Date of Award

January 2016

Document Type


Degree Name

Master of Science (MS)


Civil Engineering

First Advisor

Dr. Nabil Suleiman


Various types of additives have been applied in the past to Hot Mix Asphalt (HMA) to improve pavement performance. Different techniques including Warm Mix Asphalts (WMA) have helped to increase the workability and strength of pavement as well as decrease greenhouse gas emissions and production costs. Pavement construction can be a challenge in regions with short construction seasons due to various factors including cold weather. It is believed that additives can be a solution for some of those challenges due to lower rate of cooling for such mixes.

This study is carried out to evaluate two hot mix asphalts in the field. One has been modified with the Proprietary additive (creating a non-conventional mix), while the other is kept as a conventional hot mix asphalt with PG 58-28 binder. Asphalt mix field samples for the study were collected from a Cass County, North Dakota project in Summer 2015. Both the conventional and non-conventional specimens were subjected to three different types of tests: rut resistance tests, moisture sensitivity tests, and compaction aid tests.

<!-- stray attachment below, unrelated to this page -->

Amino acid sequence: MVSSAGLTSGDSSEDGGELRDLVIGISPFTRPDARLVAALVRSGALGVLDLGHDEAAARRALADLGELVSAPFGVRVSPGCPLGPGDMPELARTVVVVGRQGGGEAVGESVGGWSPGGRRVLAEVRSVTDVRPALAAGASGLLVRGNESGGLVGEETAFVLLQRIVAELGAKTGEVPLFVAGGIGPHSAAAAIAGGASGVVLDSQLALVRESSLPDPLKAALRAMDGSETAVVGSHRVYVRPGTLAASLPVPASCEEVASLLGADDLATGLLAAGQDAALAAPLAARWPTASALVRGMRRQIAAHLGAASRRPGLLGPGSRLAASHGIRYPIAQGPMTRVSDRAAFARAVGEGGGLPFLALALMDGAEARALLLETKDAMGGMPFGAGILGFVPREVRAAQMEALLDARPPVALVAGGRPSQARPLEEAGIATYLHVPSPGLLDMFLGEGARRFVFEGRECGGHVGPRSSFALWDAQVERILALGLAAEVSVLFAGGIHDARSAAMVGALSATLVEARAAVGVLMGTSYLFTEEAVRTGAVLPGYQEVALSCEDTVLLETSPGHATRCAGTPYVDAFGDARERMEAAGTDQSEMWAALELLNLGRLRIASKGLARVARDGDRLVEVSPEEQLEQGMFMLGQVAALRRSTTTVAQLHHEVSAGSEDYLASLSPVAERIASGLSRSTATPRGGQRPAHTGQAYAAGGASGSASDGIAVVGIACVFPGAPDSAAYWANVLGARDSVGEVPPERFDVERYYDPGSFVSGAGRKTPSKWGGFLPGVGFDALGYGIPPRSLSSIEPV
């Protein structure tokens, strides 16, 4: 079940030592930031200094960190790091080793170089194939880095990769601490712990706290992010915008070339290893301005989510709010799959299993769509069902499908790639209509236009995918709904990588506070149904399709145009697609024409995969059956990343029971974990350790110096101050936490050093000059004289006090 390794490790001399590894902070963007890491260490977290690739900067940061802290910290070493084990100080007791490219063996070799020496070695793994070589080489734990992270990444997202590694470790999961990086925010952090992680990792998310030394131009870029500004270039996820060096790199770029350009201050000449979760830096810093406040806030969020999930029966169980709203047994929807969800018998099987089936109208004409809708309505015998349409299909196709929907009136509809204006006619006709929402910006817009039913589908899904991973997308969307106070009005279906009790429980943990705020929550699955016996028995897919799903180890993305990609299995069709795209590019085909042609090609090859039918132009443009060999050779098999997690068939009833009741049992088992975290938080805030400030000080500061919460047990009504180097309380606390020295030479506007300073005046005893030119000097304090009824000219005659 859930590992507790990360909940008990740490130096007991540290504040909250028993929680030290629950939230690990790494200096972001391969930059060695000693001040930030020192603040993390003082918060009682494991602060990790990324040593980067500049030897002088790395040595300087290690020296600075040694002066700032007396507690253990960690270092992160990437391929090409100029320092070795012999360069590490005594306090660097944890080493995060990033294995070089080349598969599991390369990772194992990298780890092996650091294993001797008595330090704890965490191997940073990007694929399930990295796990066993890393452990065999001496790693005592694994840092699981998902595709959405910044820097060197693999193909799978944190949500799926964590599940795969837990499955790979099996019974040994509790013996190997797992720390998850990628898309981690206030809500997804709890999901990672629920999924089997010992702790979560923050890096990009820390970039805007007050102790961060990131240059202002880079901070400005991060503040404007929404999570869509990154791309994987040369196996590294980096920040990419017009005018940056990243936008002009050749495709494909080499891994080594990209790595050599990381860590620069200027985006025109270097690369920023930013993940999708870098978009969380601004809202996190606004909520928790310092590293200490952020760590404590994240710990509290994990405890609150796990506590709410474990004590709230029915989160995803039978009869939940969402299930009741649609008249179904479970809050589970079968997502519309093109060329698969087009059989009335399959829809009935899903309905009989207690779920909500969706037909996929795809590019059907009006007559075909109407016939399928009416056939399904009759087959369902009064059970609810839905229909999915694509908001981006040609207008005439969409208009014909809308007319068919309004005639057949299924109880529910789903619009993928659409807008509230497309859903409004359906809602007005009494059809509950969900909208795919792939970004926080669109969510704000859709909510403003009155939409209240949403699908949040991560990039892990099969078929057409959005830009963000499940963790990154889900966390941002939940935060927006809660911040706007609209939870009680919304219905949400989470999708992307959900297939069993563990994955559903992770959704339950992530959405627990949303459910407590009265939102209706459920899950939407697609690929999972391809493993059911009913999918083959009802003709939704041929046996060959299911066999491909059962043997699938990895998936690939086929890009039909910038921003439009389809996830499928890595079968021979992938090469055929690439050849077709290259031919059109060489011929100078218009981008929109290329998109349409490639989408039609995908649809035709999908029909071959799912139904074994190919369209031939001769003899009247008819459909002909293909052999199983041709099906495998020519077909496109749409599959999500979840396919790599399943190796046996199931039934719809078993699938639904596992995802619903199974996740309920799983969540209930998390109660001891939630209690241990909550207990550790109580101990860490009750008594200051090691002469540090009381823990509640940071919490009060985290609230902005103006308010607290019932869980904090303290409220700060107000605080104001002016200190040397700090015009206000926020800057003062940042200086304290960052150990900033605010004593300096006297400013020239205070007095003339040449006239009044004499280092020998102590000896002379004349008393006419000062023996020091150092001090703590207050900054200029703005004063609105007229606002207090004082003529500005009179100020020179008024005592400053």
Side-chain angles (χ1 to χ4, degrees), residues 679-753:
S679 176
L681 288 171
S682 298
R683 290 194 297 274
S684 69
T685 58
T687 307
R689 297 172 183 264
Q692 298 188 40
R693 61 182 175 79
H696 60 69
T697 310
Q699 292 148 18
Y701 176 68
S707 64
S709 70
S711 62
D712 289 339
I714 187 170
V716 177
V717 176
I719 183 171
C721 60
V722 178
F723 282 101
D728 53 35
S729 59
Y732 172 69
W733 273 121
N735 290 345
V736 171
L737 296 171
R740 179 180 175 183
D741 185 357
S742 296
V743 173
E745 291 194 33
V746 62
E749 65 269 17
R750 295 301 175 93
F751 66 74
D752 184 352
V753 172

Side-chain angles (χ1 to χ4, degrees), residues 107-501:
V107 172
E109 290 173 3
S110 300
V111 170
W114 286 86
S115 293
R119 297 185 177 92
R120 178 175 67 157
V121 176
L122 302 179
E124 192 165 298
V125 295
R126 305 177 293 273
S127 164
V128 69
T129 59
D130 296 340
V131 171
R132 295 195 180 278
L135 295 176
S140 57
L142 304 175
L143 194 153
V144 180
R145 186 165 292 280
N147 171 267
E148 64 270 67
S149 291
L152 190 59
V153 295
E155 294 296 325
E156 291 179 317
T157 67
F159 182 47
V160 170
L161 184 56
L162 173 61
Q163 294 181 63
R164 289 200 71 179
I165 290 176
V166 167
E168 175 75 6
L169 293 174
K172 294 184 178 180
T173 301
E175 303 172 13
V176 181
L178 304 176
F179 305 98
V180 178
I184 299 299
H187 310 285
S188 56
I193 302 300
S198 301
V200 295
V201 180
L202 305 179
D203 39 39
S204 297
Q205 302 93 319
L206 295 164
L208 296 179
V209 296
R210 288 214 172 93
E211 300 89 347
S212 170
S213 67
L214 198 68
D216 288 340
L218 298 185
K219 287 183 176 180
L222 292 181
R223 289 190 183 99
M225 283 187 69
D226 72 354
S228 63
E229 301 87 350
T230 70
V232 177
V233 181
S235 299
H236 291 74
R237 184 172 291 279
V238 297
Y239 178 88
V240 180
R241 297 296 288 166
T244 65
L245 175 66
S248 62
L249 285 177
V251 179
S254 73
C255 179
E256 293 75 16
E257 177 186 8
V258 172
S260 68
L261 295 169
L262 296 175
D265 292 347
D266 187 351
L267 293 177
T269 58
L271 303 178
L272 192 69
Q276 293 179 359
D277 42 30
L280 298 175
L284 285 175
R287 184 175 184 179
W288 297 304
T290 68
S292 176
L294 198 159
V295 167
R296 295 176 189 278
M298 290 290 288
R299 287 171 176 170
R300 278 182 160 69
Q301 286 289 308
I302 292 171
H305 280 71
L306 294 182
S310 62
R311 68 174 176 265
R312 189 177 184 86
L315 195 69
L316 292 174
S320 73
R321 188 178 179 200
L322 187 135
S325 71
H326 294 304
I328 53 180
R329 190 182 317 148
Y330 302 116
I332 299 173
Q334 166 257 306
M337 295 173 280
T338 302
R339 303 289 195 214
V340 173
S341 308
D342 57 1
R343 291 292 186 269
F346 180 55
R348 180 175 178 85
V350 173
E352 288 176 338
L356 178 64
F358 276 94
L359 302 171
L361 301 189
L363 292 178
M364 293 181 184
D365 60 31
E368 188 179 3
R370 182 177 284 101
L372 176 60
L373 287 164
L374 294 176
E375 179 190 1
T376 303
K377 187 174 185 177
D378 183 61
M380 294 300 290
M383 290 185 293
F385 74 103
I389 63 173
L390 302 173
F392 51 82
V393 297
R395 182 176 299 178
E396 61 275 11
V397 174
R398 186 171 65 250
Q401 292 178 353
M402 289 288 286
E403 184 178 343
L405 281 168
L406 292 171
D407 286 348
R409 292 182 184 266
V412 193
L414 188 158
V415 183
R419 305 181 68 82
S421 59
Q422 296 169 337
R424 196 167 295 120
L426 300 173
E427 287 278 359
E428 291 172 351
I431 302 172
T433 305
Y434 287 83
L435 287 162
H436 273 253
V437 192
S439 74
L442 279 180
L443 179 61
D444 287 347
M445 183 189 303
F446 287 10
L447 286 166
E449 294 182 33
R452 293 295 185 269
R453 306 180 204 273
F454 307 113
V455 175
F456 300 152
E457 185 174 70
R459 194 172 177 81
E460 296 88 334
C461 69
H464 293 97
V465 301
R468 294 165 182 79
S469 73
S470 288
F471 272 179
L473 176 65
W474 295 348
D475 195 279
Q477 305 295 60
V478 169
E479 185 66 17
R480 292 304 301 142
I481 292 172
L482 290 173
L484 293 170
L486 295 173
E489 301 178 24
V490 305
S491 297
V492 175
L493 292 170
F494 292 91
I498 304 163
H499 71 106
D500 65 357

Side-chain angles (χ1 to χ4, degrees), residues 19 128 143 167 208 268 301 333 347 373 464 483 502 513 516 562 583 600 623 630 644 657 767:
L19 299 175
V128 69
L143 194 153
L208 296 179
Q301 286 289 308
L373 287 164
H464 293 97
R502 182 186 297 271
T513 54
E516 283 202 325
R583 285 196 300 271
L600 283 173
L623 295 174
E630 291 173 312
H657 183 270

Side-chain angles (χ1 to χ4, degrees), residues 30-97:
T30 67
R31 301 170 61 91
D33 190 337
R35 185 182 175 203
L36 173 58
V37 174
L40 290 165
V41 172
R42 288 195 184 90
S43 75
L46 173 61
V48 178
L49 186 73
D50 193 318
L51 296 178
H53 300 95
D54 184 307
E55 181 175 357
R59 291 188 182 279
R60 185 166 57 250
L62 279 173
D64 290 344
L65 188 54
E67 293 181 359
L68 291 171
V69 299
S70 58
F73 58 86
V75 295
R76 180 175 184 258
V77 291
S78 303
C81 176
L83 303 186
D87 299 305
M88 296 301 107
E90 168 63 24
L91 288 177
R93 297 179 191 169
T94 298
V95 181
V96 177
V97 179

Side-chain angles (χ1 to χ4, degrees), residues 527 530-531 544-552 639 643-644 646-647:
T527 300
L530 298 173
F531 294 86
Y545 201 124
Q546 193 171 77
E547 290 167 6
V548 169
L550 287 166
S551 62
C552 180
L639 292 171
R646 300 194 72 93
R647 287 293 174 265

Six specimens from each conventional and non-conventional mix categories were tested for rut resistance using the Asphalt Pavement Analyzer (APA). The results indicated that the non-conventional mix had higher rut resistance than the conventional mix. Eight specimen from each mix category were tested for moisture sensitivity using the Modified Lottman test under dry and wet conditions. The results showed that the non-conventional mix had higher strength than the conventional mix under both dry and wet conditions. Finally, three specimens from each mix category were compacted at three different temperatures. The air voids of the mixes were compared with the corresponding compaction temperatures. The results suggested that the non-conventional mix had lower air void content, thus better compactibility was achieved than conventional mix. The overall results of the study indicate that Proprietary additive can work as a warm mix additive in North Dakota with favorable performance compared to conventional HMA mixes.